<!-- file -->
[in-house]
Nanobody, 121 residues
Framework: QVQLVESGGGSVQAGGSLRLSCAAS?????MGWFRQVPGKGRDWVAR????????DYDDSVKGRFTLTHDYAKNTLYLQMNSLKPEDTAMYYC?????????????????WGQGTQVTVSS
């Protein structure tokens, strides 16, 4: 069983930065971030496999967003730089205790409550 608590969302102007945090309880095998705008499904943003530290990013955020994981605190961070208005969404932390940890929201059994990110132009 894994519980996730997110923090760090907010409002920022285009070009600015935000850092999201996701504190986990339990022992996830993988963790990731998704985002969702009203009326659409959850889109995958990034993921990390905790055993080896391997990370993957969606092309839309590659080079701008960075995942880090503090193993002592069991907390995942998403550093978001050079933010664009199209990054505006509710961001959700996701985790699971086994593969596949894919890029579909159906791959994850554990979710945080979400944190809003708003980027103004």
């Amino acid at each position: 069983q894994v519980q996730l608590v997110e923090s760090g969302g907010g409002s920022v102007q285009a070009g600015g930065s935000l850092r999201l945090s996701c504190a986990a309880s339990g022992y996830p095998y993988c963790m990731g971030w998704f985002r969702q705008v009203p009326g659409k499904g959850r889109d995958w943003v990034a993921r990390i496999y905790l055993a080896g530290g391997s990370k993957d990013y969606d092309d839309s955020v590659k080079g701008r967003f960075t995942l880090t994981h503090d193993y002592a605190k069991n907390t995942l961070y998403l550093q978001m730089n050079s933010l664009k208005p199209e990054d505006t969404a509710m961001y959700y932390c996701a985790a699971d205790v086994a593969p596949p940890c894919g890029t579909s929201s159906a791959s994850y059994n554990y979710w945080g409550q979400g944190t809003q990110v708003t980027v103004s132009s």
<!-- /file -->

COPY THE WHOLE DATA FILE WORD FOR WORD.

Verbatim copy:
[in-house]
Nanobody, 121 residues
Framework: QVQLVESGGGSVQAGGSLRLSCAAS?????MGWFRQVPGKGRDWVAR????????DYDDSVKGRFTLTHDYAKNTLYLQMNSLKPEDTAMYYC?????????????????WGQGTQVTVSS
């Protein structure tokens, strides 16, 4: 069983930065971030496999967003730089205790409550 608590969302102007945090309880095998705008499904943003530290990013955020994981605190961070208005969404932390940890929201059994990110132009 894994519980996730997110923090760090907010409002920022285009070009600015935000850092999201996701504190986990339990022992996830993988963790990731998704985002969702009203009326659409959850889109995958990034993921990390905790055993080896391997990370993957969606092309839309590659080079701008960075995942880090503090193993002592069991907390995942998403550093978001050079933010664009199209990054505006509710961001959700996701985790699971086994593969596949894919890029579909159906791959994850554990979710945080979400944190809003708003980027103004």
């Amino acid at each position: 069983q894994v519980q996730l608590v997110e923090s760090g969302g907010g409002s920022v102007q285009a070009g600015g930065s935000l850092r999201l945090s996701c504190a986990a309880s339990g022992y996830p095998y993988c963790m990731g971030w998704f985002r969702q705008v009203p009326g659409k499904g959850r889109d995958w943003v990034a993921r990390i496999y905790l055993a080896g530290g391997s990370k993957d990013y969606d092309d839309s955020v590659k080079g701008r967003f960075t995942l880090t994981h503090d193993y002592a605190k069991n907390t995942l961070y998403l550093q978001m730089n050079s933010l664009k208005p199209e990054d505006t969404a509710m961001y959700y932390c996701a985790a699971d205790v086994a593969p596949p940890c894919g890029t579909s929201s159906a791959s994850y059994n554990y979710w945080g409550q979400g944190t809003q990110v708003t980027v103004s132009s």